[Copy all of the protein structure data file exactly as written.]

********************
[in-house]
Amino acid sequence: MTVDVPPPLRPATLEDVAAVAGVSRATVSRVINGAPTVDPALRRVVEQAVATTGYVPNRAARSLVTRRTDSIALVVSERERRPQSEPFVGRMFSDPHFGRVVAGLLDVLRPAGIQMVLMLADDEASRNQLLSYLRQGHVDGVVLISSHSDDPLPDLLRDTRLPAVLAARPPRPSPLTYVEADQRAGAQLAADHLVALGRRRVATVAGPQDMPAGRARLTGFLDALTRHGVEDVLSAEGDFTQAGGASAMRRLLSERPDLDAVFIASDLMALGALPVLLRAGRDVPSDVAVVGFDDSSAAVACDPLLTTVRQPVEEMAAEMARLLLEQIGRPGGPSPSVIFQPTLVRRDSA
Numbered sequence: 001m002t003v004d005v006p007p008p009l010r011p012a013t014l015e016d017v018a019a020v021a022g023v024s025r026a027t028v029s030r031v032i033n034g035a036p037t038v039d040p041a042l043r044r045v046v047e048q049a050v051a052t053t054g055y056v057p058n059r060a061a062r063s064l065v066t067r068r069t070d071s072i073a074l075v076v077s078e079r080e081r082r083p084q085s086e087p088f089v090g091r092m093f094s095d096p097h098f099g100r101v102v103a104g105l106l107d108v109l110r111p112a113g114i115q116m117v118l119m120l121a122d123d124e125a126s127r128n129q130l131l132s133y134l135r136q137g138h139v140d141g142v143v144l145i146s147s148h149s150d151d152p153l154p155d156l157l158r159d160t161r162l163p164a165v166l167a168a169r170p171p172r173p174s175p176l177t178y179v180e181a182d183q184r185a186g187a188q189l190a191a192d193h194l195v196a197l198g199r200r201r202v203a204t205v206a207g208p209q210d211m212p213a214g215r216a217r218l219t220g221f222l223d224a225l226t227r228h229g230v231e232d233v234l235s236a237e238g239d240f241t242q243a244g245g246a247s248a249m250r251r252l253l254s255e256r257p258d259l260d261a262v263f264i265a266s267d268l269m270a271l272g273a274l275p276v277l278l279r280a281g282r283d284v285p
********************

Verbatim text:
[in-house]
Amino acid sequence: MTVDVPPPLRPATLEDVAAVAGVSRATVSRVINGAPTVDPALRRVVEQAVATTGYVPNRAARSLVTRRTDSIALVVSERERRPQSEPFVGRMFSDPHFGRVVAGLLDVLRPAGIQMVLMLADDEASRNQLLSYLRQGHVDGVVLISSHSDDPLPDLLRDTRLPAVLAARPPRPSPLTYVEADQRAGAQLAADHLVALGRRRVATVAGPQDMPAGRARLTGFLDALTRHGVEDVLSAEGDFTQAGGASAMRRLLSERPDLDAVFIASDLMALGALPVLLRAGRDVPSDVAVVGFDDSSAAVACDPLLTTVRQPVEEMAAEMARLLLEQIGRPGGPSPSVIFQPTLVRRDSA
Numbered sequence: 001m002t003v004d005v006p007p008p009l010r011p012a013t014l015e016d017v018a019a020v021a022g023v024s025r026a027t028v029s030r031v032i033n034g035a036p037t038v039d040p041a042l043r044r045v046v047e048q049a050v051a052t053t054g055y056v057p058n059r060a061a062r063s064l065v066t067r068r069t070d071s072i073a074l075v076v077s078e079r080e081r082r083p084q085s086e087p088f089v090g091r092m093f094s095d096p097h098f099g100r101v102v103a104g105l106l107d108v109l110r111p112a113g114i115q116m117v118l119m120l121a122d123d124e125a126s127r128n129q130l131l132s133y134l135r136q137g138h139v140d141g142v143v144l145i146s147s148h149s150d151d152p153l154p155d156l157l158r159d160t161r162l163p164a165v166l167a168a169r170p171p172r173p174s175p176l177t178y179v180e181a182d183q184r185a186g187a188q189l190a191a192d193h194l195v196a197l198g199r200r201r202v203a204t205v206a207g208p209q210d211m212p213a214g215r216a217r218l219t220g221f222l223d224a225l226t227r228h229g230v231e232d233v234l235s236a237e238g239d240f241t242q243a244g245g246a247s248a249m250r251r252l253l254s255e256r257p258d259l260d261a262v263f264i265a266s267d268l269m270a271l272g273a274l275p276v277l278l279r280a281g282r283d284v285p